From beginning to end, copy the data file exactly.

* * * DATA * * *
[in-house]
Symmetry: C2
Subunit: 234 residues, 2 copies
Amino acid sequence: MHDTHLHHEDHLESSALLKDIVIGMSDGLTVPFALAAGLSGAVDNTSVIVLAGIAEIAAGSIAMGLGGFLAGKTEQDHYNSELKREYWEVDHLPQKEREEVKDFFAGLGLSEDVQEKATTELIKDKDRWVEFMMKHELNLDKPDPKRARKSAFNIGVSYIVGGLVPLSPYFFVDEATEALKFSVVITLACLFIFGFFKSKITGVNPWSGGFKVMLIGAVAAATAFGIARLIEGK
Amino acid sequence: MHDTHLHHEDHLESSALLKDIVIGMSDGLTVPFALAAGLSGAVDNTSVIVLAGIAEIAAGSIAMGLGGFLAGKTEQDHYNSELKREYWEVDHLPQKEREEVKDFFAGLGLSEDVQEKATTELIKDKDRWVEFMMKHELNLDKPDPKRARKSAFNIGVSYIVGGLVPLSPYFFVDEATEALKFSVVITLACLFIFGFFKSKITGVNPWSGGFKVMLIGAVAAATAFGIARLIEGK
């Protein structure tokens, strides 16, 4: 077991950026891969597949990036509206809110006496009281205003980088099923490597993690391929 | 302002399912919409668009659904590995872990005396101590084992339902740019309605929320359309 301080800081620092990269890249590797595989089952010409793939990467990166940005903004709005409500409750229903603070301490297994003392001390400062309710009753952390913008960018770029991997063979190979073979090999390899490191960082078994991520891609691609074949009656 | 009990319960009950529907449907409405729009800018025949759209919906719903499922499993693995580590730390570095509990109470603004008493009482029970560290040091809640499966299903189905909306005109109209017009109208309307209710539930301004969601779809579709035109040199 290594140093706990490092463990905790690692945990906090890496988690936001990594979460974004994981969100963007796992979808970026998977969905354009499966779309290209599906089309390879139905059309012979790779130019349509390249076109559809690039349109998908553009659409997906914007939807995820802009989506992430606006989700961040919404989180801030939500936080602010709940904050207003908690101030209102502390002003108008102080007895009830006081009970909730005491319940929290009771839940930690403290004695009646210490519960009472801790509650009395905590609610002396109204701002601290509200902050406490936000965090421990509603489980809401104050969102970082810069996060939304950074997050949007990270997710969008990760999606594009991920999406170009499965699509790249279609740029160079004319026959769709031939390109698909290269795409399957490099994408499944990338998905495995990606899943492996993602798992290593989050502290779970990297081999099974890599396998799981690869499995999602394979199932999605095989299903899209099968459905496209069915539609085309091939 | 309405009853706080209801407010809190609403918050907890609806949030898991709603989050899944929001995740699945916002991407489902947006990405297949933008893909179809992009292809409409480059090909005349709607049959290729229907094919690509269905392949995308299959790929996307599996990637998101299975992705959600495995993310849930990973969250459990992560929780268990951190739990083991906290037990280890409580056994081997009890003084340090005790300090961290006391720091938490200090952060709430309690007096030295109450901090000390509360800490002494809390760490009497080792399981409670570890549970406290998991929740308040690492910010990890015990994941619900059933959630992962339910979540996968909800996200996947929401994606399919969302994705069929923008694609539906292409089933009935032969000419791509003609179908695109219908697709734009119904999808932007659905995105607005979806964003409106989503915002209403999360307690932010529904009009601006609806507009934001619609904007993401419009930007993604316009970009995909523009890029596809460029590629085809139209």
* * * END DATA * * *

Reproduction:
[in-house]
Symmetry: C2
Subunit: 234 residues, 2 copies
Amino acid sequence: MHDTHLHHEDHLESSALLKDIVIGMSDGLTVPFALAAGLSGAVDNTSVIVLAGIAEIAAGSIAMGLGGFLAGKTEQDHYNSELKREYWEVDHLPQKEREEVKDFFAGLGLSEDVQEKATTELIKDKDRWVEFMMKHELNLDKPDPKRARKSAFNIGVSYIVGGLVPLSPYFFVDEATEALKFSVVITLACLFIFGFFKSKITGVNPWSGGFKVMLIGAVAAATAFGIARLIEGK
Amino acid sequence: MHDTHLHHEDHLESSALLKDIVIGMSDGLTVPFALAAGLSGAVDNTSVIVLAGIAEIAAGSIAMGLGGFLAGKTEQDHYNSELKREYWEVDHLPQKEREEVKDFFAGLGLSEDVQEKATTELIKDKDRWVEFMMKHELNLDKPDPKRARKSAFNIGVSYIVGGLVPLSPYFFVDEATEALKFSVVITLACLFIFGFFKSKITGVNPWSGGFKVMLIGAVAAATAFGIARLIEGK
């Protein structure tokens, strides 16, 4: 077991950026891969597949990036509206809110006496009281205003980088099923490597993690391929 | 302002399912919409668009659904590995872990005396101590084992339902740019309605929320359309 301080800081620092990269890249590797595989089952010409793939990467990166940005903004709005409500409750229903603070301490297994003392001390400062309710009753952390913008960018770029991997063979190979073979090999390899490191960082078994991520891609691609074949009656 | 009990319960009950529907449907409405729009800018025949759209919906719903499922499993693995580590730390570095509990109470603004008493009482029970560290040091809640499966299903189905909306005109109209017009109208309307209710539930301004969601779809579709035109040199 290594140093706990490092463990905790690692945990906090890496988690936001990594979460974004994981969100963007796992979808970026998977969905354009499966779309290209599906089309390879139905059309012979790779130019349509390249076109559809690039349109998908553009659409997906914007939807995820802009989506992430606006989700961040919404989180801030939500936080602010709940904050207003908690101030209102502390002003108008102080007895009830006081009970909730005491319940929290009771839940930690403290004695009646210490519960009472801790509650009395905590609610002396109204701002601290509200902050406490936000965090421990509603489980809401104050969102970082810069996060939304950074997050949007990270997710969008990760999606594009991920999406170009499965699509790249279609740029160079004319026959769709031939390109698909290269795409399957490099994408499944990338998905495995990606899943492996993602798992290593989050502290779970990297081999099974890599396998799981690869499995999602394979199932999605095989299903899209099968459905496209069915539609085309091939 | 309405009853706080209801407010809190609403918050907890609806949030898991709603989050899944929001995740699945916002991407489902947006990405297949933008893909179809992009292809409409480059090909005349709607049959290729229907094919690509269905392949995308299959790929996307599996990637998101299975992705959600495995993310849930990973969250459990992560929780268990951190739990083991906290037990280890409580056994081997009890003084340090005790300090961290006391720091938490200090952060709430309690007096030295109450901090000390509360800490002494809390760490009497080792399981409670570890549970406290998991929740308040690492910010990890015990994941619900059933959630992962339910979540996968909800996200996947929401994606399919969302994705069929923008694609539906292409089933009935032969000419791509003609179908695109219908697709734009119904999808932007659905995105607005979806964003409106989503915002209403999360307690932010529904009009601006609806507009934001619609904007993401419009930007993604316009970009995909523009890029596809460029590629085809139209």